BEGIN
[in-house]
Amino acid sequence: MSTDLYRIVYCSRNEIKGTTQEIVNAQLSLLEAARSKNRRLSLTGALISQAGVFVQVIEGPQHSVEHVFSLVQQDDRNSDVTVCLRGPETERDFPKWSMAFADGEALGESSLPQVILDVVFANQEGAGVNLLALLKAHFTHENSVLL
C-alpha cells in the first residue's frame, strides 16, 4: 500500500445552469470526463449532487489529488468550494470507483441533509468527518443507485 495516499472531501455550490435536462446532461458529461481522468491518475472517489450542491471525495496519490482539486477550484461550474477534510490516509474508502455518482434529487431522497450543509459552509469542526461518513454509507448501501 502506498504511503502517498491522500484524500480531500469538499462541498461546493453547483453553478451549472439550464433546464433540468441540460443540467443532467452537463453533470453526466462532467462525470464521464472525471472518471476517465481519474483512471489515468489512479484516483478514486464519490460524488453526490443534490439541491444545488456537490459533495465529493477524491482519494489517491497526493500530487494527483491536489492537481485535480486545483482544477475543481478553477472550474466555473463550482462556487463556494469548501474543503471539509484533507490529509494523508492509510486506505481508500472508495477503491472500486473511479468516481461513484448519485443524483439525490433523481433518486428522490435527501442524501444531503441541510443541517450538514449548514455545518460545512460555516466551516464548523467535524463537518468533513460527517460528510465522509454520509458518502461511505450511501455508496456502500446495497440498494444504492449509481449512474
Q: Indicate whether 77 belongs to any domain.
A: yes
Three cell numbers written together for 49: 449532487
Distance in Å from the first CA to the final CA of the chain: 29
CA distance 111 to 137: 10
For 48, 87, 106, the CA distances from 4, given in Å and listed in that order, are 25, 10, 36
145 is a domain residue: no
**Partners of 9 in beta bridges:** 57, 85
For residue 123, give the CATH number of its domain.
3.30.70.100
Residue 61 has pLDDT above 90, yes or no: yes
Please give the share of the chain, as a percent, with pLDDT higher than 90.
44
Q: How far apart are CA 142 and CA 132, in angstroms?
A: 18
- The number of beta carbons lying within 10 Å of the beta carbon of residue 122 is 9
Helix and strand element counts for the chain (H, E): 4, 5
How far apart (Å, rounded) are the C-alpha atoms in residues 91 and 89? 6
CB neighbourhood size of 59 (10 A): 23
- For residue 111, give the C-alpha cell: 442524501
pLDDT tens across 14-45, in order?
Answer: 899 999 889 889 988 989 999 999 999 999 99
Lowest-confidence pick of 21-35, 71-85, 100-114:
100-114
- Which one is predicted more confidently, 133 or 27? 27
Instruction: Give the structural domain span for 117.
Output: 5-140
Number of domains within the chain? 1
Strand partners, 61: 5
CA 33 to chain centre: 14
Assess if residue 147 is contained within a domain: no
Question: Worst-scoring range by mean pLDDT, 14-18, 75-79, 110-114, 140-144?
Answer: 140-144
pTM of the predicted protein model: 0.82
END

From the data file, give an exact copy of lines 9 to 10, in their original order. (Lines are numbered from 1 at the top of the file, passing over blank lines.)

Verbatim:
For 48, 87, 106, the CA distances from 4, given in Å and listed in that order, are 25, 10, 36
145 is a domain residue: no